Public safety and crime are believed to be a top concern by three-in-ten (31%), while taxes (21%), housing affordability (20%) and poverty (19%) are chosen by one-in-five:

PCs viewed as better on economy, NDP on health care

Evidently there are a handful of key issues for Manitobans in this provincial campaign, with health care, economic management, and crime and safety standing out. Those three issues show just how torn Manitobans may be come election day. The Progressive Conservatives hold an 11-point edge on the economy, the NDP hold a 13-point advantage on the health file, and the parties are nearly tied when it comes to public safety. This, with at least one-quarter of residents undecided as to who would be best on each:

Many other issues are closely contested, but the NDP have two notable advantages. On both LGBTQ2+ and Indigenous issues, the NDP are preferred by a wide margin. Debate over two high-profile issues – whether or not to search Manitoba landfills for the remains of murdered Indigenous women, and a new policy surrounding gender and schools – may both be reflected in these responses:

Best to form government

When considering these different factors, and which party would be best, Manitobans lean toward an NDP government. Two-in-five (39%) say that party is best suited to lead at this time, while one-in-three (33%) say the incumbents should remain. The NDP’s advantage among women of all ages is evident on this question:

The NDP are chosen as best to form government by 42 per cent in Winnipeg and 33 per cent in the rest of Manitoba. A close-to-inverse result is found for the PCs, chosen by 25 per cent in Winnipeg, but 44 per cent outside:

Best premier

Taking all of these factors, including personal appeal and performance on issues, into account, Manitoba residents give a slight edge to Kinew as their top choice for premier. One-in-three say this (34%), while one-quarter (23%) choose Stefanson. Neither is a particularly ringing endorsement, and indeed, one-in-five (21%) say there is no leader they prefer among the current options:

Three-quarters of those who voted NDP in 2019 believe Kinew is the best choice for premier. Past PC voters are less enthusiastic about their candidate for premier in this election. Half (50%) believe Stefanson is the best choice:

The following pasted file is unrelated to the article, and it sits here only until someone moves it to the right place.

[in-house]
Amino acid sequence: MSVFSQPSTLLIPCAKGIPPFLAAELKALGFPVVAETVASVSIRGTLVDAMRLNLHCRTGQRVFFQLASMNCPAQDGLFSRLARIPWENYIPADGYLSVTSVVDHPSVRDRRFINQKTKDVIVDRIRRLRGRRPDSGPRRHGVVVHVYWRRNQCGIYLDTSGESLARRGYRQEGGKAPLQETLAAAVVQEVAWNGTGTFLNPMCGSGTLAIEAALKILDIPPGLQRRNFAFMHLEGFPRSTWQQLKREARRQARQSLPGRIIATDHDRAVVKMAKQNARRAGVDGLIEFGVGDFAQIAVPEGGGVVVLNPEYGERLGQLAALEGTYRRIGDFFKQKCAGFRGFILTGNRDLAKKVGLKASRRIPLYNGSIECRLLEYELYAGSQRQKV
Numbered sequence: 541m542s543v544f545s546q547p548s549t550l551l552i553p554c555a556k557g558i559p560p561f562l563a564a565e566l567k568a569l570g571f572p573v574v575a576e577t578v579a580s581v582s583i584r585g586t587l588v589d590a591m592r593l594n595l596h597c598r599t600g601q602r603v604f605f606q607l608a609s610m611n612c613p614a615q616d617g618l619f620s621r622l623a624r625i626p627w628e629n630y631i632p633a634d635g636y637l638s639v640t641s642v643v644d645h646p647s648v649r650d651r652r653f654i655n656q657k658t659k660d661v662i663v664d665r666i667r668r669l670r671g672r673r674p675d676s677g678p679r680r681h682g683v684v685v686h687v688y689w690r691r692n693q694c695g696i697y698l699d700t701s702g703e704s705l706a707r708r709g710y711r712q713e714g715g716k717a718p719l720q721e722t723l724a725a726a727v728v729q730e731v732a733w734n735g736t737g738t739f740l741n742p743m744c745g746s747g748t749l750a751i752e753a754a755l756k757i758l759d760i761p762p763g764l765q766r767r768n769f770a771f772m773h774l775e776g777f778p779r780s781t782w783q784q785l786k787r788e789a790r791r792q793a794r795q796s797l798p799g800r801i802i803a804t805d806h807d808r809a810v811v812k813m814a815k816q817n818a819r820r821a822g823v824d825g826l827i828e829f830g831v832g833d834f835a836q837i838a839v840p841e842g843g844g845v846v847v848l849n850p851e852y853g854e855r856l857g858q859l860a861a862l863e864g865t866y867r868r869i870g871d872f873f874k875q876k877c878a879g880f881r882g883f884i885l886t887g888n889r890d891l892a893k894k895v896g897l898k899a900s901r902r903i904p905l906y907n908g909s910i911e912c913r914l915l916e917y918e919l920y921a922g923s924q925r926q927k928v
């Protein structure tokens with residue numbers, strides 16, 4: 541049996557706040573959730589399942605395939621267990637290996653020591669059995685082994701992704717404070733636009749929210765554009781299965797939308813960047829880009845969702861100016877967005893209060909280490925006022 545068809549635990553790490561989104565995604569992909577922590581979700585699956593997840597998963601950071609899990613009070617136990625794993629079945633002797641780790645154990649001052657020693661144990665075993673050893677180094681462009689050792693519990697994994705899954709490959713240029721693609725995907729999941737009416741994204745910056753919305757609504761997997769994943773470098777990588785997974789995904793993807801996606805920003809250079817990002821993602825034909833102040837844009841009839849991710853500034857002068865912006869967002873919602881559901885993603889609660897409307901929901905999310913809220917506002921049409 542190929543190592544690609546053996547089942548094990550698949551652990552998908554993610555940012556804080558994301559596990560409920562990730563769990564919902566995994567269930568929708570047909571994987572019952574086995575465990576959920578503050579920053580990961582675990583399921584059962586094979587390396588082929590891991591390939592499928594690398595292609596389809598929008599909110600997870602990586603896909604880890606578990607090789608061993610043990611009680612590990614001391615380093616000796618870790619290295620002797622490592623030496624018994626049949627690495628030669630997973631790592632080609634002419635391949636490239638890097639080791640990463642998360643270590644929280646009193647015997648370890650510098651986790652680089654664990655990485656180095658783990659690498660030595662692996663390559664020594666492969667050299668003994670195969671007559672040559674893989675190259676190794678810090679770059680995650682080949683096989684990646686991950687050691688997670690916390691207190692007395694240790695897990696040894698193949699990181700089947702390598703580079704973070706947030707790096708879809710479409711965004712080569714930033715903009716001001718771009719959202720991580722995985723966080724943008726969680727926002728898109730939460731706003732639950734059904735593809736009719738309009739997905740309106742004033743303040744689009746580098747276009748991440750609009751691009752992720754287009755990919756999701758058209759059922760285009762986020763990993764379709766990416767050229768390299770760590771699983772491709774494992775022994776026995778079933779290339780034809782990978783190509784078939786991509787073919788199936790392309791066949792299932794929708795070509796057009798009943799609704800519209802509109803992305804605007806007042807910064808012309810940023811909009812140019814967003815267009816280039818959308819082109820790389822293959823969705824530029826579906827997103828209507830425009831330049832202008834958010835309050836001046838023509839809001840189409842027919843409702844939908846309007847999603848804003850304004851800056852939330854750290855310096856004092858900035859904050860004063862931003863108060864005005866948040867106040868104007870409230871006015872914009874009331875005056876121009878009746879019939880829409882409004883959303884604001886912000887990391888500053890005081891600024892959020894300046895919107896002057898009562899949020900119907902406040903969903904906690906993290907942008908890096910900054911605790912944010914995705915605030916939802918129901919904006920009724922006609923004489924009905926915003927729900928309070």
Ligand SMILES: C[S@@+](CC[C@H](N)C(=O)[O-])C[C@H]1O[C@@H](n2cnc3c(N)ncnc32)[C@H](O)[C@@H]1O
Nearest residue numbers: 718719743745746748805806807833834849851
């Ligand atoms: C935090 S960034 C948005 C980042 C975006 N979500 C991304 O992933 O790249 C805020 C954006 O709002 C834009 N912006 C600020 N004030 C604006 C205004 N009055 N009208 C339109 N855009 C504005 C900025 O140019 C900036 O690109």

Part Three: Vote intention

The Manitoba NDP have held a vote intention advantage for the better part of the last two years, but campaigns can amplify leadership, messaging, and issues in a way that can alter the landscape quickly.

Age and gender

At the mid-point in the campaign, the NDP looks to hold its highest vote proportion since the 2019 election, while the incumbent PCs continue to hover around the two-in-five mark. The NDP advantage is built on support from women and Manitobans younger than 55. The two parties are statistically tied in vote intent among those older than 54, while men lean towards the Conservatives:

The regional divide

There is a rural-urban divide between the two parties. The NDP has stronger support in Winnipeg, while the PCs are more popular outside of the province’s largest city. This split in support represents a positive development for the NDP, however, as Winnipeg is home to 32 of Manitoba’s 57 seats in the legislature.

Voter retention

The NDP also hold an advantage when it comes to vote retention. Nearly all of those who supported the NDP in 2019 say they will be repeating their vote come Oct. 3. Half (54%) of past Liberal voters also say they will be moving their vote over to the NDP. Meanwhile, four-in-five (80%) past PC voters say they will vote again for the party on election day, with one-in-eight (14%) saying they will support the NDP instead:

*Smaller sample size, interpret with caution

Three-in-five say they’re voting against a party rather than for one

There appears to be more enthusiasm among NDP voters for their choice in party than among those who say they will vote PC on Oct. 3. Half (52%) among those who intend to support the NDP say they are voting because they like the party and Kinew. Comparatively, one-third (34%) of likely PC voters say the same. Two-thirds (66%) among that group instead say they dislike the other options more than they like their own party.

Overall, there is much dissatisfaction with the choices as a majority (57%) among likely voters say they are picking the least-worst option:

When the dust settles, Manitobans are more likely to feel happy with an NDP majority than another four years of the PCs in power. Half (50%) say they would feel good or be delighted if Kinew became premier with a majority mandate. Two-in-five (42%) say they would have positive feelings if the PCs were re-elected to another majority, with as many (40%) saying they dread that outcome:

Survey Methodology:

The Angus Reid Institute conducted an online survey from Sept. 13-19, 2023 among a representative randomized sample of 990 Manitoban adults who are members of Angus Reid Forum. For comparison purposes only, a probability sample of this size would carry a margin of error of +/- 3 percentage points, 19 times out of 20. Discrepancies in or between totals are due to rounding. The survey was self-commissioned and paid for by ARI.

For detailed results by age, gender, region, education, and other demographics, click here.

To read the full report, including detailed tables and methodology, click here.

To read the questionnaire, click here.

Image – Wab Kinew/Facebook; Heather Stefanson/Facebook


Shachi Kurl, President: 604.908.1693 @shachikurl

Dave Korzinski, Research Director: 250.899.0821